When I’m focused on the next, I’m missing the now. I’m passing up the chance to enjoy the present time with my girls in exchange for a happy thought about what might become. I’m wasting time, precious time.

So here it is, in order to become more present (as ever) I have a plan:

  1. I will use my phone less. When I’m living in the future I have a tendency to use my phone more, to start planning and diarising. I go from thoughtful to completely distracted and unavailable. This doesn’t help me. No more phone when I’m with the kids.
  2. I’m going to observe my thoughts and be more aware of when they are in 2018, then bring them right back to today.
  3. I’m going to watch my kids more. I don’t do a great deal of housework anyway but I do try and get things done and then get frustrated when I can’t do them because I have to “race with a dolly in a buggy”. From now on I will be willing to drop what I’m doing and play, and when I’m not playing I’ll watch them, talk to them, be with them. So no more tackling house work or other (often pointless) jobs. Oh my, the hubby will be pleased…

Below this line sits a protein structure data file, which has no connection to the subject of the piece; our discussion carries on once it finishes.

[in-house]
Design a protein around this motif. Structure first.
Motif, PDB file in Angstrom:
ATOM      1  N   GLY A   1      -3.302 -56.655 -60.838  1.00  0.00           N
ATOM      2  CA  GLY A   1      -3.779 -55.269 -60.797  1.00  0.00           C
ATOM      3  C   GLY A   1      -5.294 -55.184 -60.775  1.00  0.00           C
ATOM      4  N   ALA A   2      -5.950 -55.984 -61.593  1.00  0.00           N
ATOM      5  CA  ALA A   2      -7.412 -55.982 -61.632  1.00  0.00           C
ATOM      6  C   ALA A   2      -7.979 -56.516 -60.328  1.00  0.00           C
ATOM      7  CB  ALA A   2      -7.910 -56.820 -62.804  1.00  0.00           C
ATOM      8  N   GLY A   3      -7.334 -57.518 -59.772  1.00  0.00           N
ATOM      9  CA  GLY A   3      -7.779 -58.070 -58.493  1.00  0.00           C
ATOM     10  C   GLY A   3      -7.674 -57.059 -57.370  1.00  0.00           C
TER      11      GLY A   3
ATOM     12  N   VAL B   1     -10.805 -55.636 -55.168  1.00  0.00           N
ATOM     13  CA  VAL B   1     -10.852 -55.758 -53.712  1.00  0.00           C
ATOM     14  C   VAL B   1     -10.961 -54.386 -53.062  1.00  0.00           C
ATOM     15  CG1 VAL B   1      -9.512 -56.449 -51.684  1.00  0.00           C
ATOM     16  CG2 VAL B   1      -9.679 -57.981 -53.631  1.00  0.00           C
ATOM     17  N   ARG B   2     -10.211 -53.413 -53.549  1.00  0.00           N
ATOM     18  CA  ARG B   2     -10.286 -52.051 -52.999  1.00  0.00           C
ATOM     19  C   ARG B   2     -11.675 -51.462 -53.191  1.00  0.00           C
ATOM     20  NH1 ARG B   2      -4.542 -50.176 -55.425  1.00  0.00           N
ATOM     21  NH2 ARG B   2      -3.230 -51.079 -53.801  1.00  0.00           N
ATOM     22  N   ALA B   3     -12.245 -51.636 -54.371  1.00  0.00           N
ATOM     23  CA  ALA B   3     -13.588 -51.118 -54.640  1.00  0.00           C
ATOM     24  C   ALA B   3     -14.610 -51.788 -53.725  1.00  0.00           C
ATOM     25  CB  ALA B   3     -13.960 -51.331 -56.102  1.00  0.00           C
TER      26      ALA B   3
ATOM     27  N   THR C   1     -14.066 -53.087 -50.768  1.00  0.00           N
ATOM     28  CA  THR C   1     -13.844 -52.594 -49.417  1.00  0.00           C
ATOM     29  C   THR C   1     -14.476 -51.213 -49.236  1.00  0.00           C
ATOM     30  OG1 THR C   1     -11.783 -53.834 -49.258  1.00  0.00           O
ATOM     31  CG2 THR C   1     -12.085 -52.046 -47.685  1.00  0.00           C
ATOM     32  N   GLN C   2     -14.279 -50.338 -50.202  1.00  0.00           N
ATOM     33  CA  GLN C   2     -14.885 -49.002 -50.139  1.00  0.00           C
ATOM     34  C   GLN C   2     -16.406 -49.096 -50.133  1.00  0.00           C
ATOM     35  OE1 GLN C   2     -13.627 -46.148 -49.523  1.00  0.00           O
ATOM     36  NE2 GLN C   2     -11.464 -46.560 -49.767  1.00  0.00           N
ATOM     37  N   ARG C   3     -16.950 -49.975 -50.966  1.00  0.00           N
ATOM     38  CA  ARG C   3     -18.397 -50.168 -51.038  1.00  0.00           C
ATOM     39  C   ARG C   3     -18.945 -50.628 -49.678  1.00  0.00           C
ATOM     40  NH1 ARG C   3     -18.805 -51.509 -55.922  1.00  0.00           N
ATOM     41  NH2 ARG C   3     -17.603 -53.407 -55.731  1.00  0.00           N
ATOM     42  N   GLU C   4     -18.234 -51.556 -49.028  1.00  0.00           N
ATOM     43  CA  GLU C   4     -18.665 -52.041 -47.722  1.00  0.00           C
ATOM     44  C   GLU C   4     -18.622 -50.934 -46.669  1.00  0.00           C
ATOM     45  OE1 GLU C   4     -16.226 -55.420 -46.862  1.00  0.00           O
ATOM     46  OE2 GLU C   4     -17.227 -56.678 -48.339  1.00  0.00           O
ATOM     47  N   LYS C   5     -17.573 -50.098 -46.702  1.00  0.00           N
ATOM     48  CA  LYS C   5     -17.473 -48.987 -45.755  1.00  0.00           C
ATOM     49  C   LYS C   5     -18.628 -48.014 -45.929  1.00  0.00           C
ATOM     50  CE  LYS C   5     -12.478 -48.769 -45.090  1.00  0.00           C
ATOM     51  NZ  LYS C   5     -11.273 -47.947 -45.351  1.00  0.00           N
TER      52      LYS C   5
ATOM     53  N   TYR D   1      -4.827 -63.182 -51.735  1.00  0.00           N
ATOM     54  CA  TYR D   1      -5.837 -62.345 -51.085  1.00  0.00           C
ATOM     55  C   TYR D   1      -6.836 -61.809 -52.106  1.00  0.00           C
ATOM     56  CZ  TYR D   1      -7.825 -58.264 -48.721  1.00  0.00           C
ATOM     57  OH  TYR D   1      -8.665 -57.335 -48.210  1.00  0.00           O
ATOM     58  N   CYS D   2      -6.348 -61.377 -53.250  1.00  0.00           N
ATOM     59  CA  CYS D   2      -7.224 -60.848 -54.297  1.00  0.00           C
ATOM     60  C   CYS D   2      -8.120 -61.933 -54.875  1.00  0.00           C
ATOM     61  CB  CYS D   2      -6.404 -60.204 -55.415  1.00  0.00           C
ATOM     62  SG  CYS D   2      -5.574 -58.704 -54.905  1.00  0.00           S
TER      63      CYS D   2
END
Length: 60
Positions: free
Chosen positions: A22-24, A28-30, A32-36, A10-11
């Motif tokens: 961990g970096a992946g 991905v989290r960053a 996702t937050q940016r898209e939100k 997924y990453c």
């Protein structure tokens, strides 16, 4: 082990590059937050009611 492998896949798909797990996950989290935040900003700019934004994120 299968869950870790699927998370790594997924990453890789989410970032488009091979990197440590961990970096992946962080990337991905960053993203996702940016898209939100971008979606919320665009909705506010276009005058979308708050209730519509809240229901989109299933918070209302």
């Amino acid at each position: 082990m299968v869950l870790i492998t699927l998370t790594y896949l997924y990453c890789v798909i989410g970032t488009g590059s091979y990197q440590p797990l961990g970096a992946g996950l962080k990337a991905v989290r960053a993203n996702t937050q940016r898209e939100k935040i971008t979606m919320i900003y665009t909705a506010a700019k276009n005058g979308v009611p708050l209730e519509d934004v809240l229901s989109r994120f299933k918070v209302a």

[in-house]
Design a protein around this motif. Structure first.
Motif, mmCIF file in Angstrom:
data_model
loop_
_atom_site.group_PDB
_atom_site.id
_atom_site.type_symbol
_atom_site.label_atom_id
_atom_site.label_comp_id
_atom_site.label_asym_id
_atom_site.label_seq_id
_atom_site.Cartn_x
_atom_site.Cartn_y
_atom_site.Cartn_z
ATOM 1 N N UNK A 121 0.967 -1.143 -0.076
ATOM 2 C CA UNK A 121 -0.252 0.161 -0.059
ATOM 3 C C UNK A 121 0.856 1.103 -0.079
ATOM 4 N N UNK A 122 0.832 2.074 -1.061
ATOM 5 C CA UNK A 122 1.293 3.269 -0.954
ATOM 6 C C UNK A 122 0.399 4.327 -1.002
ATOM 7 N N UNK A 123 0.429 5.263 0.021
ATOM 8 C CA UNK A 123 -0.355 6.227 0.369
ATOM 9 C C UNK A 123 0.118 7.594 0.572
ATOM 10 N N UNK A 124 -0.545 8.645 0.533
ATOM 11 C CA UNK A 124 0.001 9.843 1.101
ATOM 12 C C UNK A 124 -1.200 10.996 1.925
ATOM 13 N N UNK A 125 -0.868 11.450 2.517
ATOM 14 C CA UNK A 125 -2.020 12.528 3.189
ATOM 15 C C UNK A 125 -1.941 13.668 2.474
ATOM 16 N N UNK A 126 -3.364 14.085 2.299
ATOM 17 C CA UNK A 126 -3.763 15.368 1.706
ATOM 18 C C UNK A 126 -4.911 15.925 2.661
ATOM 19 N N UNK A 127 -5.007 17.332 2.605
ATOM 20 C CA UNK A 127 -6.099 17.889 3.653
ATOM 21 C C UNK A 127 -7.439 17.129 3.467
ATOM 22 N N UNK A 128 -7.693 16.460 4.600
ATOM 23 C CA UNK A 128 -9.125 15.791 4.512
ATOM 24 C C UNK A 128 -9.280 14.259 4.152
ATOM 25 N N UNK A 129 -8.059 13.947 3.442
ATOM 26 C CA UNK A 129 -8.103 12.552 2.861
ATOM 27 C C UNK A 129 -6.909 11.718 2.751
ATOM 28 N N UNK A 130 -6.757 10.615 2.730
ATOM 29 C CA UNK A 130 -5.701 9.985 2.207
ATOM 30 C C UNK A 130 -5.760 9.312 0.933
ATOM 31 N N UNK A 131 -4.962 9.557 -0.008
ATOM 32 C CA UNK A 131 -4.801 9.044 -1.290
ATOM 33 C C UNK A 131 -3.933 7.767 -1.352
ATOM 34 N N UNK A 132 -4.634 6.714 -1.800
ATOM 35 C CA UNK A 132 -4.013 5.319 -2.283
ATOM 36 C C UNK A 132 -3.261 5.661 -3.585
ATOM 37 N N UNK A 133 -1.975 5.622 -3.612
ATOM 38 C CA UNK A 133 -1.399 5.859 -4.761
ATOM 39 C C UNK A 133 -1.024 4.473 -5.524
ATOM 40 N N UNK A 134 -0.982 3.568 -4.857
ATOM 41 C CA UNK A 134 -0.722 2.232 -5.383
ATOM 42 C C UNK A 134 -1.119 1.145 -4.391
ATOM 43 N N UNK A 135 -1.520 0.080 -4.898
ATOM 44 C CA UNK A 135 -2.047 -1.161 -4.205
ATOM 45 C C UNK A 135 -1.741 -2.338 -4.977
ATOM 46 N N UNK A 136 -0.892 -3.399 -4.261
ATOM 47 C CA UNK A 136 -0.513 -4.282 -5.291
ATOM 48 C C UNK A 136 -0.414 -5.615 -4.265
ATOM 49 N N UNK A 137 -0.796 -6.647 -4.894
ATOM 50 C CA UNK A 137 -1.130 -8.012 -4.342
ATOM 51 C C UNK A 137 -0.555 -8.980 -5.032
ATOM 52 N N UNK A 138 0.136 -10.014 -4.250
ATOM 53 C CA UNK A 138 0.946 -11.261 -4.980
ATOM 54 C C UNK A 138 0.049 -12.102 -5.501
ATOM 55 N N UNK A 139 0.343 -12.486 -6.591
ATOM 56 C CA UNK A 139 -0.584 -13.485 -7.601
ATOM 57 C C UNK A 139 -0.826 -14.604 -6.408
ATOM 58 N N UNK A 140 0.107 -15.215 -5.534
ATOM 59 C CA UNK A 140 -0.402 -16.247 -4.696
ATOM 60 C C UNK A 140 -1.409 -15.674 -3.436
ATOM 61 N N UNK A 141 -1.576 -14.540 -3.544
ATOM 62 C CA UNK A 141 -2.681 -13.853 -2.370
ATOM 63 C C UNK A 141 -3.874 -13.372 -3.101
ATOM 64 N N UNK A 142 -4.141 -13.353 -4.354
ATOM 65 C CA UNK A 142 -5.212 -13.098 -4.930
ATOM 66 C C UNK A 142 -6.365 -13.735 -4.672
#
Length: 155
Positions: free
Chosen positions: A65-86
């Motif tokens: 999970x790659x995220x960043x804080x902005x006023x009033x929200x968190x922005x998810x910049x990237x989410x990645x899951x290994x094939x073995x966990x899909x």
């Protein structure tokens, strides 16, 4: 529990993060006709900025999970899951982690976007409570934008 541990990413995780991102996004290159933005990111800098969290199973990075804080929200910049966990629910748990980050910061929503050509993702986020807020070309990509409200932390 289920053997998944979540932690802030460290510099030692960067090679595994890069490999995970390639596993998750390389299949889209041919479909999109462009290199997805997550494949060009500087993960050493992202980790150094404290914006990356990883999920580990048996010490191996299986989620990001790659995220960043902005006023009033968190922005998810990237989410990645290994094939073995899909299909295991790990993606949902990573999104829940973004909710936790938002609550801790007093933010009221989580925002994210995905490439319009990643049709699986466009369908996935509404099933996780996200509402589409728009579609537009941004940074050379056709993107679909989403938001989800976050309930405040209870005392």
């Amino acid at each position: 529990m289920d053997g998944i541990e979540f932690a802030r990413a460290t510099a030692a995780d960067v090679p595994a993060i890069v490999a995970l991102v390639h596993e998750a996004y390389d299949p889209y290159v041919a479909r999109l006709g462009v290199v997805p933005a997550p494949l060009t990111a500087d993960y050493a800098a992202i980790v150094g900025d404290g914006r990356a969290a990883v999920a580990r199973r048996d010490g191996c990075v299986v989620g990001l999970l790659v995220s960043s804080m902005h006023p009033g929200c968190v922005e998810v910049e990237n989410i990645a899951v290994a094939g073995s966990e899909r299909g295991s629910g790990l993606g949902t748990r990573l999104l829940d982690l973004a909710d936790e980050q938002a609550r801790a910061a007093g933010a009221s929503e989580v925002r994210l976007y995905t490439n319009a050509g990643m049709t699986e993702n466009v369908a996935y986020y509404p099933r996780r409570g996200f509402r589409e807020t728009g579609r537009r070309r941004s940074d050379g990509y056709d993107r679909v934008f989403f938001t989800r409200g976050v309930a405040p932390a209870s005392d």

4. I’m going to give less of a crap about what I will be doing next month or next year. It doesn’t really matter which Santa we will visit or which pantomime we will go to. I will see which lands in my lap and if nothing does I will put Elf on and grab some popcorn.
  5. I will remember that my kids don’t need to be entertained. They just want me there. Kids don’t mind what we do, they mind that our mind is on them and what they are doing right now. Children also don’t care about the future. The only futuristic questions my 3 year old asks me are “can we stay at Nanny’s later?” and “can I watch Sarah & Duck when I get out the bath?”